Over the past number of years, the family law landscape in Virginia has changed quite a bit. Before the 1990’s, there was only one true option for a couple seeking a divorce – go to court and have a judge decide the outcome. This method has obvious drawbacks: preparing for court and sitting through a trial is incredibly stressful, especially when your children are the subject of the proceedings; the process is long and arduous, often taking about one year from the date someone first files for divorce; the costs can be exorbitant. While to some this may be worthwhile and even necessary, most divorcing couples hope for exactly the opposite.
On November 16, 2017, the House passed its “Tax Cut and Jobs Act,” setting the stage for the biggest tax reform legislation in decades. For more details on the bill, feel free to peruse the analysis performed by your news-provider-of-choice. While passage by the House does not guarantee anything as of yet (the Senate is still working on their own tax reform bill), tax reform certainly appears likely by the end of the year.
Potential clients often ask about the likelihood that they will be awarded sole custody of their child. This prediction, however, is not so easily forecast. In Virginia, there is both legal and physical custody, and there can be both sole legal and/or sole physical custody awarded or agreed to in any case. Legal custody refers to a parent’s ability to make major decisions regarding a child. So, sole legal custody is the situation where only one parent is responsible for making all decisions regarding a child. Physical custody refers to daily care of a child. When a parent is awarded sole physical custody of a child, he or she is the parent responsible to care for that child. Nevertheless, in all situations involving custody, the courts weigh a number of factors in determining what is in the best interests of the child.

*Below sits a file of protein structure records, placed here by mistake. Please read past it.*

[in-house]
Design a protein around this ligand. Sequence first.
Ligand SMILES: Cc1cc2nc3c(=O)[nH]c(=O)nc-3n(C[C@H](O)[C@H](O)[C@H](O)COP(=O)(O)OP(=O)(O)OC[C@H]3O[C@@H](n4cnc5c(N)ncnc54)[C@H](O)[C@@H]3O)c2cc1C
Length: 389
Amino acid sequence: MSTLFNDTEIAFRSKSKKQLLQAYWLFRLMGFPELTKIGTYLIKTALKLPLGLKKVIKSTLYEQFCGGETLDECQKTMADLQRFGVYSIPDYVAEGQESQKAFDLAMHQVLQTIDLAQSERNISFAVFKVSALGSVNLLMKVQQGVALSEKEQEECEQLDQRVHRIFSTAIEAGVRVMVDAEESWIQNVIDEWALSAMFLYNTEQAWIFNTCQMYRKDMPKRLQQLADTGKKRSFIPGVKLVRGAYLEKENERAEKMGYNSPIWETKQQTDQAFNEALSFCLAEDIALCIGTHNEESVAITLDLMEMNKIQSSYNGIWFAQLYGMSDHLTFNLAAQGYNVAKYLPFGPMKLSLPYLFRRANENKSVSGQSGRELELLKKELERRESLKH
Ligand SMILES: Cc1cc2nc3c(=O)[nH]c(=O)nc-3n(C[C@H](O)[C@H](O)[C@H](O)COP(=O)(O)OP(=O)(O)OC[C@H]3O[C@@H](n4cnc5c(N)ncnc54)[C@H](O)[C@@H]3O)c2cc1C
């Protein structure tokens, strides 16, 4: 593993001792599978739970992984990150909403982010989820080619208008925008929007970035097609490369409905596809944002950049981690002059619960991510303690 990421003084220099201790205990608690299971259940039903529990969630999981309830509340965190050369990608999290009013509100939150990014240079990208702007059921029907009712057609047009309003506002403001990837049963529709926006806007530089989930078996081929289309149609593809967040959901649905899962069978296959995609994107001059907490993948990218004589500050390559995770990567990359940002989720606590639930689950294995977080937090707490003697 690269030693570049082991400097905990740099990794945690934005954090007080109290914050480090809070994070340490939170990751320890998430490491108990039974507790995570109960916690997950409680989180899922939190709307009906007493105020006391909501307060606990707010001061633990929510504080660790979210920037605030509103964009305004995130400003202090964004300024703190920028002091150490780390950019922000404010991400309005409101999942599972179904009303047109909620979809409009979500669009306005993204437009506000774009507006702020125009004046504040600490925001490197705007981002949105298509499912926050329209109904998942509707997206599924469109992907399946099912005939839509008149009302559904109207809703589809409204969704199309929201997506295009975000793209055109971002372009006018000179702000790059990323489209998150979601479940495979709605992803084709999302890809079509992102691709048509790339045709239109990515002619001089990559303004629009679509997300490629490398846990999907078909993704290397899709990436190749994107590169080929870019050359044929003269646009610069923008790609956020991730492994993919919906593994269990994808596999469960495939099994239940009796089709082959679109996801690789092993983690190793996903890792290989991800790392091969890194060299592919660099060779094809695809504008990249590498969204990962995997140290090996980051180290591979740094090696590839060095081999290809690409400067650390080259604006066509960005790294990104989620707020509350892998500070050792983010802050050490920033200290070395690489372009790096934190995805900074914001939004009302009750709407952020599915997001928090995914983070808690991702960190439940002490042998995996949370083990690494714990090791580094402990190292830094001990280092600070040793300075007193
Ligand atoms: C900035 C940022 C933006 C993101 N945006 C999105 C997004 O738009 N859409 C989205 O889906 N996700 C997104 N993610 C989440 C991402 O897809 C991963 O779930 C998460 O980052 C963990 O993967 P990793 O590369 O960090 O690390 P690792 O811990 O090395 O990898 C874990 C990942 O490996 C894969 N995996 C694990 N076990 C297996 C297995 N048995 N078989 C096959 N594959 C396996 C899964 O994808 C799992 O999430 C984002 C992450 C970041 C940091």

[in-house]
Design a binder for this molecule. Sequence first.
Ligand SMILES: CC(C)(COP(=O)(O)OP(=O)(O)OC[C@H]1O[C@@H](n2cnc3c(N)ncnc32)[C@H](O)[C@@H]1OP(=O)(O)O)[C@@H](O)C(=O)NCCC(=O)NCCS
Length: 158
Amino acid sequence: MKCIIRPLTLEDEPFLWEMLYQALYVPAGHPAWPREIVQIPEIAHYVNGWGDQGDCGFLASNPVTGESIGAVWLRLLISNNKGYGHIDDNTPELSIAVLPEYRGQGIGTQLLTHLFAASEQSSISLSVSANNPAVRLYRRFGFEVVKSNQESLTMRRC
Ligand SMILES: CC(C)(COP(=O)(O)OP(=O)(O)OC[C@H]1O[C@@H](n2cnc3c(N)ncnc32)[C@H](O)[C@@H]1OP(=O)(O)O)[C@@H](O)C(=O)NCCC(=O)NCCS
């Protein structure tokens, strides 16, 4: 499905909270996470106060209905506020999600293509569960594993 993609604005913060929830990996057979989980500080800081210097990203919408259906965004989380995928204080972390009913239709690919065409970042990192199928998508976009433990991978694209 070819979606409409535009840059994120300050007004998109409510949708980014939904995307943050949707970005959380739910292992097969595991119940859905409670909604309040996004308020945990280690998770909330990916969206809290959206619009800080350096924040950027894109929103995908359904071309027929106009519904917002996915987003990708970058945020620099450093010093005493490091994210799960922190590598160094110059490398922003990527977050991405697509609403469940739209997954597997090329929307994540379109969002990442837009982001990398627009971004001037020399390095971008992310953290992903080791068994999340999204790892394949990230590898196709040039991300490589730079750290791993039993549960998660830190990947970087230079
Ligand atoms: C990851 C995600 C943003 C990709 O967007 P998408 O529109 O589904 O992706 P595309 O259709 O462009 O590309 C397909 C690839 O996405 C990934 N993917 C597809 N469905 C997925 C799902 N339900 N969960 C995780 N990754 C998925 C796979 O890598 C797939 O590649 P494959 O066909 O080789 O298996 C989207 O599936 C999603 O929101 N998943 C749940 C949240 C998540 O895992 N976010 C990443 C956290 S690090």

Courts are often asked to determine the appropriate amount of child support payable between divorcing parents. Virginia Code Section 20-108.2 sets forth the “guidelines” used to calculate child support. The amount of support calculated with the guidelines is presumed to be the correct amount of child support, so it is important to have a thorough understanding of how these guidelines work.
Child custody invokes strong emotions and intense personal interest from all parties involved. Matters involving the best interests of one’s child or children can have serious consequences. Money is fungible and can come and go — your children are your children.
Choosing a divorce or family law attorney can be a difficult undertaking. Depending on the complexity of the situation, it can be challenging for regular people to wade through the legal options and make the best choices for themselves. However, in general, when you’re meeting with an attorney, you should feel comfortable asking the attorney to explain unfamiliar concepts with you, and go over your possible choices.
As we pass Memorial Day and inch closer to the summer, we all look forward to warm weather, trips to the beach, and hopefully a vacation. This weekend also marks the unofficial beginning of wedding season. A joyous time indeed but, as a family law attorney, this is also when I start receiving many questions about prenuptial agreements.
As ominous as that may sound, I can personally vouch for a 100% success rate in negotiating prenuptial agreements which means that all my clients celebrated a wonderful wedding and rode off into the sunset ready to embark on a much-needed honeymoon. However, that doesn’t mean that there aren’t traps and pitfalls to avoid along the way. The following are some frequently asked questions I have received throughout the years, as well as a few tips towards successfully navigating the negotiation process:
Researchers may have hit upon one factor explaining many Northern Virginia divorces: Personality Evolution. The longest personality study ever conducted confirms that people change so dramatically as they grow older that they often bear almost no resemblance to their younger selves.
Politics have always been a hot button issue, but the current divisions in our country seem especially pronounced. A new national poll from Wakefield Research indicates that the tense political environment, particularly differing views over President Trump’s election and platforms, is causing rifts in marriages and relationships like never before.
There are three main players involved in your divorce: you, your spouse, and the Commonwealth of Virginia. Just as Virginia has laws about getting married, it also has certain criteria for officially ending a marriage. Among other legal considerations, you cannot simply leave your spouse, gather your things, and immediately tell the court you need a divorce. You have to give the court an acceptable reason why you should be allowed to end your marriage. The reason is known as the ground for your divorce. In Virginia, the grounds of divorce are laid out in Code of Virginia; Title 20, Section 20-91.